New Science Discovery: Perl Idiots Remain Idiots After A Decade!New

Discussion in 'Python' started by Xah Lee, Feb 29, 2012.

  1. Xah Lee

    Xah Lee Guest

    New Science Discovery: Perl Idiots Remain Idiots After A Decade!

    A excerpt from the new book 〈Modern Perl〉, just published, chapter 4
    on “Operatorsâ€. Quote:

    «The associativity of an operator governs whether it evaluates from
    left to right or right to left. Addition is left associative, such
    that 2 + 3 + 4 evaluates 2 + 3 first, then adds 4 to the result.
    Exponentiation is right associative, such that 2 ** 3 ** 4 evaluates 3
    ** 4 first, then raises 2 to the 81st power. »

    LOL. Looks like the perl folks haven't changed. Fundamentals of
    serious math got botched so badly.

    Let me explain the idiocy.

    It says “The associativity of an operator governs whether it evaluates
    from left to right or right to left.â€. Ok, so let's say we have 2
    operators: a white triangle â–³ and a black triangle â–². Now, by the
    perl's teaching above, let's suppose the white triangle is “right
    associative†and the black triangle is “left associativeâ€. Now, look
    at this:

    3 â–³ 6 â–² 5

    seems like the white and black triangles are going to draw a pistol
    and fight for the chick 6 there. LOL.

    Now, let me tell you what operator precedence is. First of all, let's
    limit ourselfs to discuss operators that are so-called binary
    operators, which, in our context, basically means single symbol
    operator that takes it's left and right side as operands. Now, each
    symbol have a “precedenceâ€, or in other words, the set of operators
    has a order. (one easy way to think of this is that, suppose you have
    n symbols, then you give each a number, from 1 to n, as their order)
    So, when 2 symbols are placed side by side such as 「3 â–³ 6 â–² 5ã€, the
    symbol with higher precedence wins. Another easy way to think of this
    is that each operator has a stickiness level. The higher its level, it
    more sticky it is.

    the problem with the perl explanations is that it's one misleading
    confusion ball. It isn't about “left/right associativityâ€. It isn't
    about “evaluates from left to right or right to leftâ€. Worse, the word
    “associativity†is a math term that describe a property of algebra
    that has nothing to do with operator precedence, yet is easily
    confused with because it is a property about order of evaluation. (for
    example, the addition function is associative, meaning: 「(3+6)+5 =
    3+(6+5)ã€.)

    compare it with this:

    〈Perl & Python: Complex Numbers〉
    http://xahlee.org/perl-python/complex_numbers.html

    and for a good understanding of functions and operators, see:

    〈What's Function, What's Operator?〉
    http://xahlee.org/math/function_and_operators.html
     
    Xah Lee, Feb 29, 2012
    #1
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  2. Xah Lee

    Chiron Guest

    Re: New Science Discovery: Perl Idiots Remain Idiots After A

    On Wed, 29 Feb 2012 00:09:16 -0800, Xah Lee wrote:

    Personally, I think this whole issue of precedence in a programming
    language is over-rated. It seems to me that grouping of any non-trivial
    set of calculations should be done so as to remove any possible confusion
    as to intent. It is one more obstacle to accidental errors in logic,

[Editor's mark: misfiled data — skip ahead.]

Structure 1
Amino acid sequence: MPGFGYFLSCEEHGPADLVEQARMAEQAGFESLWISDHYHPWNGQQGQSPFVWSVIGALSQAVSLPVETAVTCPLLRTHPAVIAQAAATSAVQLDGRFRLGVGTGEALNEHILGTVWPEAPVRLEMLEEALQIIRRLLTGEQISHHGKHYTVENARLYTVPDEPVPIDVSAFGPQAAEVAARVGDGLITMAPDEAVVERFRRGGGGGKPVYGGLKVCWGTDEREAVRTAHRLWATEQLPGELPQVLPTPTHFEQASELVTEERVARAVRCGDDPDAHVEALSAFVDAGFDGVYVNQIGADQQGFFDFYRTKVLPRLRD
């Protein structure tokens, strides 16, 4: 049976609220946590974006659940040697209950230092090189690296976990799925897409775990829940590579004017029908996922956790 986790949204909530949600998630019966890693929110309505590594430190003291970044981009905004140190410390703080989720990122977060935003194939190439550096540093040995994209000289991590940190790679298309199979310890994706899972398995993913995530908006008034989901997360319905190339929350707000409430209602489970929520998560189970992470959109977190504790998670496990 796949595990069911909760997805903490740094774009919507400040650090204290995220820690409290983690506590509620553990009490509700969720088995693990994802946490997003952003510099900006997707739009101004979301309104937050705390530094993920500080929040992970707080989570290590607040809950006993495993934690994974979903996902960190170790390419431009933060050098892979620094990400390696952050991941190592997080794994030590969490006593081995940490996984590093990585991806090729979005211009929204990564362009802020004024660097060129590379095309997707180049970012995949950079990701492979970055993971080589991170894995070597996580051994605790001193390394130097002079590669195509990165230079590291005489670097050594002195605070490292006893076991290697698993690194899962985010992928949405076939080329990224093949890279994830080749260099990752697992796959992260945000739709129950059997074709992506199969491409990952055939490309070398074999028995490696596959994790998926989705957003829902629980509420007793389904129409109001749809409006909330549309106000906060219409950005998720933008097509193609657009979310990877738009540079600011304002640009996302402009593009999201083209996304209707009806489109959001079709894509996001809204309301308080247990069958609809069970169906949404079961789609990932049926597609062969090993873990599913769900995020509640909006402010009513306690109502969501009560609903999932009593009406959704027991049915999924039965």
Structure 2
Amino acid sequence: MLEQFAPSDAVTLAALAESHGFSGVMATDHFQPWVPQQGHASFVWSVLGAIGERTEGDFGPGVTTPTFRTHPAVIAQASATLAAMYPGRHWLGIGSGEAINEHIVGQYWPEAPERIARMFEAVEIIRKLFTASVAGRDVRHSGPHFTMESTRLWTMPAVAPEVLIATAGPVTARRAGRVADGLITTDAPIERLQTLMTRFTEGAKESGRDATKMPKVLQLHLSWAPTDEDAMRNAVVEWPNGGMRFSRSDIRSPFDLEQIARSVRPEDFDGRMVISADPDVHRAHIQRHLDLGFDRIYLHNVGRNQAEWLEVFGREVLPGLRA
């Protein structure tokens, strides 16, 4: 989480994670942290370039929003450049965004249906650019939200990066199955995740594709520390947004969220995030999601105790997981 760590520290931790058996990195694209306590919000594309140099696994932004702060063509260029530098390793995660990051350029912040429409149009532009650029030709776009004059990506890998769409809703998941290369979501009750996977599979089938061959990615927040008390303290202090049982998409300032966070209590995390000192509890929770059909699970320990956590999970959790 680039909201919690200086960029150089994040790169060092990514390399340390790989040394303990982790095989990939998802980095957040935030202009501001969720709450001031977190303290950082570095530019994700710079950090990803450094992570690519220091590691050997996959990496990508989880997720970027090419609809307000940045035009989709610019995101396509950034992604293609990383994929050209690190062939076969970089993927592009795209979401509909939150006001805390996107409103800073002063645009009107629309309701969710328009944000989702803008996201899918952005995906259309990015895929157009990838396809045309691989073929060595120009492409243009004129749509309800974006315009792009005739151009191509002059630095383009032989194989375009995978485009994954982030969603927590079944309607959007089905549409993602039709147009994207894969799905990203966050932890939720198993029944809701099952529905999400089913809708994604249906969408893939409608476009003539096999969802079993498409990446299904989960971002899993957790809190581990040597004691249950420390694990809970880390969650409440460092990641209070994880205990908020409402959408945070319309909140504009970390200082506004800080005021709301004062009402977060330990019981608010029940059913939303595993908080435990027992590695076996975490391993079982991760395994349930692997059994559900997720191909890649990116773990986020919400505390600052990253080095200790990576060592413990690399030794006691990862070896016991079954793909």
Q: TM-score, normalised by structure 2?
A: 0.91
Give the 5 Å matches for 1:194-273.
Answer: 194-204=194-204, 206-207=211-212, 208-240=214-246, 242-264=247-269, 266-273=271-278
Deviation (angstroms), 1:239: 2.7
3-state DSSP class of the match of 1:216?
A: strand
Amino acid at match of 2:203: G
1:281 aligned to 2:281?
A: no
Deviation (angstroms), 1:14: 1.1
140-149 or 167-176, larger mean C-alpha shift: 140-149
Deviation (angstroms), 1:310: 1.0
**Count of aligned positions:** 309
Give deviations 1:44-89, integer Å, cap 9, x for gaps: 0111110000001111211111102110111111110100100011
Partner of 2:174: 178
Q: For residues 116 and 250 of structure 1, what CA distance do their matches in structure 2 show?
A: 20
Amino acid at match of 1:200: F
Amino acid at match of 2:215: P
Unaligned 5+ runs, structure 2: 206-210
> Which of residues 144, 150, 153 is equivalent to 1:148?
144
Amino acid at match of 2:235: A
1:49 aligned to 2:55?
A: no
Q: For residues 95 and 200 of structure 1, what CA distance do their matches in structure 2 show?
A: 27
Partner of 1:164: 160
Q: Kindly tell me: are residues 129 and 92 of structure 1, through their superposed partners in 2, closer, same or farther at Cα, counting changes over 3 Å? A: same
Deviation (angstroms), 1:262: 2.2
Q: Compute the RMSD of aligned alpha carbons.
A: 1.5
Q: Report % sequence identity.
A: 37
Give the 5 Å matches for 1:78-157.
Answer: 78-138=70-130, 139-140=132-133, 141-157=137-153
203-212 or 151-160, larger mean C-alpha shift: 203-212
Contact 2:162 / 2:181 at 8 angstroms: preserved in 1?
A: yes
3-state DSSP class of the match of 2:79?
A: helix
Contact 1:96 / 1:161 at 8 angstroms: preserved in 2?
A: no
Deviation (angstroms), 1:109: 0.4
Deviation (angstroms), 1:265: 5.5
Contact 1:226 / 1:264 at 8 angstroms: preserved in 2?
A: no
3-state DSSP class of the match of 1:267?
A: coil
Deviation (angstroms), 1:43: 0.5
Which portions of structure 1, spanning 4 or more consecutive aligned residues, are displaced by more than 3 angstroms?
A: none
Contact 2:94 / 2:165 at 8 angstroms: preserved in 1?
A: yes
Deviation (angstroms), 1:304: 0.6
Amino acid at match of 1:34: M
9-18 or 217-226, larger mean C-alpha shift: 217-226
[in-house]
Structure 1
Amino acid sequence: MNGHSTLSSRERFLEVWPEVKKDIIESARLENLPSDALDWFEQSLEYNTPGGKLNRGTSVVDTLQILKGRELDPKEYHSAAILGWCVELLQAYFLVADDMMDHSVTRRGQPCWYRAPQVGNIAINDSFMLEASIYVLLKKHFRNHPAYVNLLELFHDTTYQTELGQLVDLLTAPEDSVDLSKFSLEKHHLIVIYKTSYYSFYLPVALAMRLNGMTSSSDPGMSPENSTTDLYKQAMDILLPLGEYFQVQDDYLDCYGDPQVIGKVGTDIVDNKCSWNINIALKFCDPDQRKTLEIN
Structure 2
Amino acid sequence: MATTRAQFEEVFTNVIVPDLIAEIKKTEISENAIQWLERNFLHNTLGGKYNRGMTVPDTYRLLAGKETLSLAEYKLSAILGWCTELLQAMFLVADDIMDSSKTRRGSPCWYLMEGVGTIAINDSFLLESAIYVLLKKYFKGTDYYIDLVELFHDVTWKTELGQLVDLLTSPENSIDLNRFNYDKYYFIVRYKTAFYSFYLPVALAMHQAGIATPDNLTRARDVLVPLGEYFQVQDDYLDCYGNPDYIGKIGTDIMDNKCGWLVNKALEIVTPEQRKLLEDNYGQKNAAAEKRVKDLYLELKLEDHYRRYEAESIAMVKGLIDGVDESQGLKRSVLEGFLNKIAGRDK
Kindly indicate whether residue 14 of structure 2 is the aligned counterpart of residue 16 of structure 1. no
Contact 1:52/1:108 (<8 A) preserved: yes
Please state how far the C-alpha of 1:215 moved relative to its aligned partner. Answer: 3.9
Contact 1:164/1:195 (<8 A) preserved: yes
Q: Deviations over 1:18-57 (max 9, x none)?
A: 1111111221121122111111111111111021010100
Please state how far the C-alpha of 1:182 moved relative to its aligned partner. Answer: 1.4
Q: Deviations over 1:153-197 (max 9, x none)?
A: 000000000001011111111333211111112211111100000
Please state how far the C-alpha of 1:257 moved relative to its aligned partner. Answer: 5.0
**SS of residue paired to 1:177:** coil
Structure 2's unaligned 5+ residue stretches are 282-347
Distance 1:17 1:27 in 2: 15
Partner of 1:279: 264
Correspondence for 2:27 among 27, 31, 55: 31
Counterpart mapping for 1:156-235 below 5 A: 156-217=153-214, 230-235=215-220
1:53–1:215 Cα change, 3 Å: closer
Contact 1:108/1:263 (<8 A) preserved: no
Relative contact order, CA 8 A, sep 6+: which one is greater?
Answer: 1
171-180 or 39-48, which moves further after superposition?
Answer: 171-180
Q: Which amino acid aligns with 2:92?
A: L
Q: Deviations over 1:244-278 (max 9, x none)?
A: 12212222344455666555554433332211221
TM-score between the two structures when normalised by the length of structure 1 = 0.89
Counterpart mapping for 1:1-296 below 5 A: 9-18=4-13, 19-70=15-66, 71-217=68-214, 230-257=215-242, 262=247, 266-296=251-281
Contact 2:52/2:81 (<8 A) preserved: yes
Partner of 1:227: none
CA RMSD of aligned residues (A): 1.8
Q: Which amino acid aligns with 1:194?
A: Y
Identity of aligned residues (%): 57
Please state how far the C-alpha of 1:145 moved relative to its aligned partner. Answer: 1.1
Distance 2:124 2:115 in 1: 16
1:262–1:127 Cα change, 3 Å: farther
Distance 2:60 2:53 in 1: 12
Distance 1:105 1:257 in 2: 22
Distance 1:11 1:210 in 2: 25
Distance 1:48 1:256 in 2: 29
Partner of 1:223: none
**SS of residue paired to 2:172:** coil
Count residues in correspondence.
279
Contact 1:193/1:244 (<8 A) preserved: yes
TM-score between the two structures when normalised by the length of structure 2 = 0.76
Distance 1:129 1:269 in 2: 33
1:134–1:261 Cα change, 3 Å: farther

where you intend one thing, possibly overlook precedence, and get a
    strange result.

    Sure, mathematically it *should* go a particular way, and any programming
    language *should* follow that. Still... they don't, and since they don't
    it makes more sense to be really obvious what you meant to do.

    As someone pointed out, a programming language is for humans; computers
    don't need them. That being the case, it makes sense to keep things as
    clear as possible.

    --
    It's OKAY -- I'm an INTELLECTUAL, too.
     
    Chiron, Feb 29, 2012
    #2
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  3. Re: New Science Discovery: Perl Idiots Remain Idiots After A

    On Wed, Feb 29, 2012 at 6:43 AM, Chiron <> wrote:
    > Personally, I think this whole issue of precedence in a programming
    > language is over-rated.  It seems to me that grouping of any non-trivial
    > set of calculations should be done so as to remove any possible confusion
    > as to intent.


    Some languages do this. e.g. all lisps.

    -- Devin
     
    Devin Jeanpierre, Feb 29, 2012
    #3
  4. Re: New Science Discovery: Perl Idiots Remain Idiots After A Decade!New Science Discovery: Perl Idiots Remain Idiots After A Decade!

    Xah Lee <> writes:
    > A excerpt from the new book 〈Modern Perl〉, just published, chapter 4
    > on “Operatorsâ€. Quote:
    >
    > «The associativity of an operator governs whether it evaluates from
    > left to right or right to left. Addition is left associative, such
    > that 2 + 3 + 4 evaluates 2 + 3 first, then adds 4 to the result.
    > Exponentiation is right associative, such that 2 ** 3 ** 4 evaluates 3
    > ** 4 first, then raises 2 to the 81st power. »
    >
    > LOL. Looks like the perl folks haven't changed. Fundamentals of
    > serious math got botched so badly.
    >
    > Let me explain the idiocy.
    >
    > It says “The associativity of an operator governs whether it evaluates
    > from left to right or right to left.â€. Ok, so let's say we have 2
    > operators: a white triangle â–³ and a black triangle â–². Now, by the
    > perl's teaching above, let's suppose the white triangle is “right
    > associative†and the black triangle is “left associativeâ€. Now, look